“Go ahead” for Athena!
ESA’s Science Program Committee (SPC) has selected the Athena project for its next large (€1bn-class) mission, due for launch in 2028.
Athena answers these by combining both spatially-resolved X-ray spectroscopy and deep wide-field X-ray spectral imaging with a performance greatly exceeding that offered by existing X-ray observatories. In designing a mission to address these questions, an international team of astronomers, including scientists at the Max Planck Institute for Extraterrestrial Physics, Bonn University and other German institutes, first had to formulate specific observational tests. Supermassive black holes need to be revealed even in obscured environments, out into the early Universe, and both the inflows and outflows of matter and energy need to be tracked as the black holes grow. In terms of the growth of cosmic structures, the scientists need to map hot gas in the Universe - specifically the gas in clusters and groups of galaxies, and the intergalactic medium – determining their physical properties, tracking their evolution through cosmic time.
“Athena will revolutionise our view of black holes and cosmic structures filled with million degree gas. We really need this to build a holistic picture of the observable Universe” said MPE Director Paul Nandra, spokesperson for the Hot and Energetic Universe science theme and lead investigator of the Athena proposal.
The Athena mission
A detailed analysis of the scientific questions underlying the Hot and Energetic Universe theme enabled the team to set the key performance parameters for the mission. Athena will need an X-ray telescope that combines an unprecedentedly large collecting area (2 m2 at 1 keV) with excellent angular resolution (5”) and a wide field of view. The telescope focuses X-ray photons onto one of two instruments, which can be moved in and out of the focal plane using a movable instrument platform. The first instrument, the X-ray Integral Field Unit provides spatially-resolved high resolution spectroscopy. The second instrument, the Wide Field Imager is a Silicon-based detector using DEPFET Active Pixel Sensor technology developed at the Max Planck Institute for Extraterrestrial Physics. The camera will provide a large sky coverage coupled with a high time resolution of around 10μs as well as high count rate capability. "This synthesis makes the WFI an extremely powerful instrument, allowing us to conduct deep surveys for faint sources one hundred times more efficient than currently possible. At the same time we will be able to study the brightest X-ray sources in the sky," says WFI project scientist Arne Rau.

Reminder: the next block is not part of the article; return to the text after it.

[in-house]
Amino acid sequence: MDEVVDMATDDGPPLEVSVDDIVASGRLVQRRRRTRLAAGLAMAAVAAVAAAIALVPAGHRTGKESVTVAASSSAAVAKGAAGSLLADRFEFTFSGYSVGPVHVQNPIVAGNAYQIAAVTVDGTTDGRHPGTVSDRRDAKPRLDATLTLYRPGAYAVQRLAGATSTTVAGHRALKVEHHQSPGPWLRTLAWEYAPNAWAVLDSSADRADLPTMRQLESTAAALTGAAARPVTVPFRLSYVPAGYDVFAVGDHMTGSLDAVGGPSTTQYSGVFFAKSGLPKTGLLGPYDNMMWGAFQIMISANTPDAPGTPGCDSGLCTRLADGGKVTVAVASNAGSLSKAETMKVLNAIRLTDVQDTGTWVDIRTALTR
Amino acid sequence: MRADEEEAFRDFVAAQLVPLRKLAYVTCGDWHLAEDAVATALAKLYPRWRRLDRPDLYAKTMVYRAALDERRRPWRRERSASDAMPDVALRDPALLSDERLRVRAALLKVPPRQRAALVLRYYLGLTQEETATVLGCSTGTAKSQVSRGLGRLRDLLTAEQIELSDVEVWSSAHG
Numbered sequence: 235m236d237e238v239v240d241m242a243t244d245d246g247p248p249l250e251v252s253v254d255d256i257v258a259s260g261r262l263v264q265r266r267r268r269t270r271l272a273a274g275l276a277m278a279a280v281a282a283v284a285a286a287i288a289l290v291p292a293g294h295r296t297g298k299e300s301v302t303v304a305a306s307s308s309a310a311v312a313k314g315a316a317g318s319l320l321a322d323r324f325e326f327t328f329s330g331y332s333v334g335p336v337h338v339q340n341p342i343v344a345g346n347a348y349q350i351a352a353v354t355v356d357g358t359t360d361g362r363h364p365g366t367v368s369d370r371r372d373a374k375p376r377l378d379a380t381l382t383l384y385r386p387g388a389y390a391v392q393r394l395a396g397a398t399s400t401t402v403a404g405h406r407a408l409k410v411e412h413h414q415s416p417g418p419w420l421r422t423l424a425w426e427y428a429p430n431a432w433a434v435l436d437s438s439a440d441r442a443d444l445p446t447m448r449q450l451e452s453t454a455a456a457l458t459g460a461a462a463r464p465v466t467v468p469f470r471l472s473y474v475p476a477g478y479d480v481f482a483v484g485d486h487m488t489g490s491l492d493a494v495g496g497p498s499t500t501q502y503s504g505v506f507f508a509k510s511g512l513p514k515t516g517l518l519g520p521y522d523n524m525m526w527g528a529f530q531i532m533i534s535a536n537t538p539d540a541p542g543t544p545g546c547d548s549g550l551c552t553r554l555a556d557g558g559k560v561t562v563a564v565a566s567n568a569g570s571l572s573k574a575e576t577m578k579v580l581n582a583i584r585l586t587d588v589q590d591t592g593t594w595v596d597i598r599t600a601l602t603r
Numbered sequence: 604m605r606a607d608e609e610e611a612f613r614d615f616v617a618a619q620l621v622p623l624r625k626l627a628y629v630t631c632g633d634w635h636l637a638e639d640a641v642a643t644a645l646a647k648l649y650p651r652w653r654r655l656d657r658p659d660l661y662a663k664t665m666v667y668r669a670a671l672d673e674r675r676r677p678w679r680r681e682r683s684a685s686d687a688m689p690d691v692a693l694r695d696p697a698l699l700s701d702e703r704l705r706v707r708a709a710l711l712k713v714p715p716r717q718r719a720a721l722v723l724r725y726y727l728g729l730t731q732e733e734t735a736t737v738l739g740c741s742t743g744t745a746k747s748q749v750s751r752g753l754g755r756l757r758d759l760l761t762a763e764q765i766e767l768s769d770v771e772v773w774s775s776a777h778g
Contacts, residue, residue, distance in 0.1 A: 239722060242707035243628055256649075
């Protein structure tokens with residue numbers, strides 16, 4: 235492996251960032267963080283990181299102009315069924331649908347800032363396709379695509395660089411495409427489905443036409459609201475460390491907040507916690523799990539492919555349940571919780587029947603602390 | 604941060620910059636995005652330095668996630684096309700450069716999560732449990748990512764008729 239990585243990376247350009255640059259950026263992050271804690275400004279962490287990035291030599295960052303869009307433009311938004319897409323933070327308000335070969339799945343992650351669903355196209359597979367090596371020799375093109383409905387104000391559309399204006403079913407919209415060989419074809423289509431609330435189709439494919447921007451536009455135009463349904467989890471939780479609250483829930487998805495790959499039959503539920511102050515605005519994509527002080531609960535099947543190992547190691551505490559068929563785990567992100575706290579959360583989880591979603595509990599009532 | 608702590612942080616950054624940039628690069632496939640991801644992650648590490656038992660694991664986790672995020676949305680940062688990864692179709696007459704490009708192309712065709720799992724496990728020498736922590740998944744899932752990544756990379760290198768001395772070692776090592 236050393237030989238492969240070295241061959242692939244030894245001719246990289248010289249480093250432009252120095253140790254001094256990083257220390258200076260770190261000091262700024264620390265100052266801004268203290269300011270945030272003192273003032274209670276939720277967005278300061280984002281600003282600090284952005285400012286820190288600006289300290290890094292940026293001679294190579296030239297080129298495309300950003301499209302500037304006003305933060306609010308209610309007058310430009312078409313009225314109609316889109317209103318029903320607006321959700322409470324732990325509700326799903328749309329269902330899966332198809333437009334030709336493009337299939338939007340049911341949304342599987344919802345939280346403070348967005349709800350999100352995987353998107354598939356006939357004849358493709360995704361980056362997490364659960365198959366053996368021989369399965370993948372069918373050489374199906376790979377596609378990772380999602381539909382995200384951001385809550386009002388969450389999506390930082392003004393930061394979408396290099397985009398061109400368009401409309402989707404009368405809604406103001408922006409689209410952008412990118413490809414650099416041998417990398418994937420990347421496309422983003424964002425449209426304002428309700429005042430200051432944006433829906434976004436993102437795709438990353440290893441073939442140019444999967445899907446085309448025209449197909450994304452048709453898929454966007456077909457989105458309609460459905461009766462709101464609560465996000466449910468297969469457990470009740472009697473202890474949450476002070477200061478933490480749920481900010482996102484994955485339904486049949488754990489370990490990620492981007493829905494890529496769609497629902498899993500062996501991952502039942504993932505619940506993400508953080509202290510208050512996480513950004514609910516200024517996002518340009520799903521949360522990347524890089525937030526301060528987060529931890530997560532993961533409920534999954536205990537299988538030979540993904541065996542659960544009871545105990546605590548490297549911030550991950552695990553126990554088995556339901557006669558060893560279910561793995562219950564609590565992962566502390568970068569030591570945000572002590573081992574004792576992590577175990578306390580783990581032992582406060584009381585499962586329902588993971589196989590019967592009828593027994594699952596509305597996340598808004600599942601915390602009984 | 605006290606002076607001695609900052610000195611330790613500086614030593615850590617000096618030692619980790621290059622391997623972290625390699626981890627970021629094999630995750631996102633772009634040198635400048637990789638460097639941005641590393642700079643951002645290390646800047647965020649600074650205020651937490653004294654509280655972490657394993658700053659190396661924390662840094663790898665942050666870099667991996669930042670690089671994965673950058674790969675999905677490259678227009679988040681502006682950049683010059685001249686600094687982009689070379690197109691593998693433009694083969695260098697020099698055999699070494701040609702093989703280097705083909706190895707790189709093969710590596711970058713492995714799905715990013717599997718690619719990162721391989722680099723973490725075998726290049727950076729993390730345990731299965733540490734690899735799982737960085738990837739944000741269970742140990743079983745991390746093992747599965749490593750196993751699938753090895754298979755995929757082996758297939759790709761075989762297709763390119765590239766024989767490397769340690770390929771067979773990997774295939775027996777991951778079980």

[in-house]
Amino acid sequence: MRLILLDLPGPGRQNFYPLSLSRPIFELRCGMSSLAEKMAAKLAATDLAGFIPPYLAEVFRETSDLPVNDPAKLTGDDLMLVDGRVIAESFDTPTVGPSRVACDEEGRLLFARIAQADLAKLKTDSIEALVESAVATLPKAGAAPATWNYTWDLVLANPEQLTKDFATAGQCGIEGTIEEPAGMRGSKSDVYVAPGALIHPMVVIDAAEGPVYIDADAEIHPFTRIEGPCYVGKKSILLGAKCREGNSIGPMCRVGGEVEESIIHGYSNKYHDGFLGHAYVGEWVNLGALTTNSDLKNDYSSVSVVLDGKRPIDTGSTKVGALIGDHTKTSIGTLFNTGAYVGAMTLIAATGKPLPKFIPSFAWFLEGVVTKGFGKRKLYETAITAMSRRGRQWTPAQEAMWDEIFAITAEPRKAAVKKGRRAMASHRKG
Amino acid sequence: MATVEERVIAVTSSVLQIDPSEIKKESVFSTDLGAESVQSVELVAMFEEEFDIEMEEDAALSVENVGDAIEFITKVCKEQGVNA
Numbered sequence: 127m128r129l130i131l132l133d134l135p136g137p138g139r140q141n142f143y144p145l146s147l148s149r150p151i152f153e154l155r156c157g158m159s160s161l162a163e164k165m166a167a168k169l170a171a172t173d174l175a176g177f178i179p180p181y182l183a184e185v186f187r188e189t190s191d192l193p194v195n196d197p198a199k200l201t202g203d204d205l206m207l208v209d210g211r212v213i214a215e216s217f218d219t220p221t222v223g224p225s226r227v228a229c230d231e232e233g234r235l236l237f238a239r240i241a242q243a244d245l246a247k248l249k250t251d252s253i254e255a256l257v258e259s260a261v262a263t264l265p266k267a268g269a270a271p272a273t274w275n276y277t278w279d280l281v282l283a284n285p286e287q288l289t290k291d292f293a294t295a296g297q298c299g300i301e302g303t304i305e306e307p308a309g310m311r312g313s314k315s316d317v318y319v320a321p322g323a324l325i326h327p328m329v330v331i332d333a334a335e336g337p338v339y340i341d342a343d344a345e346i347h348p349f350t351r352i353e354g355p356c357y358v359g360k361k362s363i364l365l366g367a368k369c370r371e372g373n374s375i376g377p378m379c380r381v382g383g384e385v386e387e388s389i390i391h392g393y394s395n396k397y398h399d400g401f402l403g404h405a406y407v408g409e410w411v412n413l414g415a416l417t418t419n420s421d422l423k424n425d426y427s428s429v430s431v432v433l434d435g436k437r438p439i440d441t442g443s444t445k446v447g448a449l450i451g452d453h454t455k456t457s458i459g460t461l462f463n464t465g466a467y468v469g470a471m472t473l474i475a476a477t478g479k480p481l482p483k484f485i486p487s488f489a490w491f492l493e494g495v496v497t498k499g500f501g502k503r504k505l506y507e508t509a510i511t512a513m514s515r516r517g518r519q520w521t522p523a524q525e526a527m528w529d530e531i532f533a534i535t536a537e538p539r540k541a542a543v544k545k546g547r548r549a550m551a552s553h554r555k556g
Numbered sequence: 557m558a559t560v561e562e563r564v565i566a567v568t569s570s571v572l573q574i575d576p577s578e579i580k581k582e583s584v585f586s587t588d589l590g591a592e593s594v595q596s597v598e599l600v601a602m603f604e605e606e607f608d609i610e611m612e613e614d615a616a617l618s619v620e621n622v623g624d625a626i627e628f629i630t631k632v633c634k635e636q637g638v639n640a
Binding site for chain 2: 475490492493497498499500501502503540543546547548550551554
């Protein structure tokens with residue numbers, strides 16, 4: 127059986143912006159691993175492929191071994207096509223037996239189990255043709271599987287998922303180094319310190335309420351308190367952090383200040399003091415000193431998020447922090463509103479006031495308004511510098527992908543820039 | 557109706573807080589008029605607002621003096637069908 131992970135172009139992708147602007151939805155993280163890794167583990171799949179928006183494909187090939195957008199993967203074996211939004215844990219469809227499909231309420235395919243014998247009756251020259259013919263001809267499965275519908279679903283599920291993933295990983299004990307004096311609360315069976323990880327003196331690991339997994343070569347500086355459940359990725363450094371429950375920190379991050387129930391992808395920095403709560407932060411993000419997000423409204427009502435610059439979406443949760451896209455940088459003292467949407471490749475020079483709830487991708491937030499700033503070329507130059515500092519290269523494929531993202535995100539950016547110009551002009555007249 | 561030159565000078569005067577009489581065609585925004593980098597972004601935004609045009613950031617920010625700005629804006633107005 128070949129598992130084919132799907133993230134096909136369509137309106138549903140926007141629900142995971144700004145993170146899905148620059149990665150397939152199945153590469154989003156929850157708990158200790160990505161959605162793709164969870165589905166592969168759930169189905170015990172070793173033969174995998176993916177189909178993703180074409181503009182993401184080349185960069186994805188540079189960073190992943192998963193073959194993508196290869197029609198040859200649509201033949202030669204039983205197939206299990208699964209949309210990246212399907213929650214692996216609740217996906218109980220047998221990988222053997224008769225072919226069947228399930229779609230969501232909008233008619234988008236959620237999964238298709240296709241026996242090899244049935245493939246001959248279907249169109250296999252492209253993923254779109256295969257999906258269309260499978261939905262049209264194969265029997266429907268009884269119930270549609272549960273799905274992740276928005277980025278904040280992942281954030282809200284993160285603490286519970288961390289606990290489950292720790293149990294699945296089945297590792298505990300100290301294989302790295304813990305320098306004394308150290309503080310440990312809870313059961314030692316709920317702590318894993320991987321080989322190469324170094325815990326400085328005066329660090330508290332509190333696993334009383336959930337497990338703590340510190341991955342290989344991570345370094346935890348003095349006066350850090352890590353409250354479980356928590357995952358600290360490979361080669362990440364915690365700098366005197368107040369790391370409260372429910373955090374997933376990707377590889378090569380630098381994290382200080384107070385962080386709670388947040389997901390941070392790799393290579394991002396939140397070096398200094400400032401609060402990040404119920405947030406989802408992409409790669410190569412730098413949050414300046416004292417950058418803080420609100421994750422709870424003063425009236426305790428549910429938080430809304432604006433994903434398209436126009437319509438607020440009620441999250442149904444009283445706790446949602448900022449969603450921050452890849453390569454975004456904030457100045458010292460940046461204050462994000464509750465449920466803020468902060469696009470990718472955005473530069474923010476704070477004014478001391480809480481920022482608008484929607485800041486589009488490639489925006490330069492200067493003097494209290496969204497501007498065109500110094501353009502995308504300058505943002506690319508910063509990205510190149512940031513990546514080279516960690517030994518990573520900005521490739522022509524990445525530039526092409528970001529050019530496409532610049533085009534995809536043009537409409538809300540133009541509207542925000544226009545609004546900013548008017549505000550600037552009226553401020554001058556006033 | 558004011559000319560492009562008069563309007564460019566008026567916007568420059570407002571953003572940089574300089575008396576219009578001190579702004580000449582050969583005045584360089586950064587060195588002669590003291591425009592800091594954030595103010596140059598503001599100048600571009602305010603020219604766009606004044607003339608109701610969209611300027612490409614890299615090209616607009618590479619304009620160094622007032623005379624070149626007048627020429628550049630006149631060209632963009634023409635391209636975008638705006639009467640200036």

Athena will be operated as an observatory that users will be able to access via open proposal calls, so can be used to address a wide range of science questions across the whole of astrophysics. The selection of Athena for a launch in 2028 will guarantee a transformation in our understanding of The Hot and Energetic Universe. It will also provide an essential complement to contemporary facilities working in other wavebands in that timeframe.
“It’s been an amazing journey getting the project this far” added Nandra. “Hundreds of scientists have dedicated their efforts and inspirational ideas about the Universe to make the case for Athena. Today their dreams of transforming our view of the observable Universe will start to come true. Now all we have to do is build it.”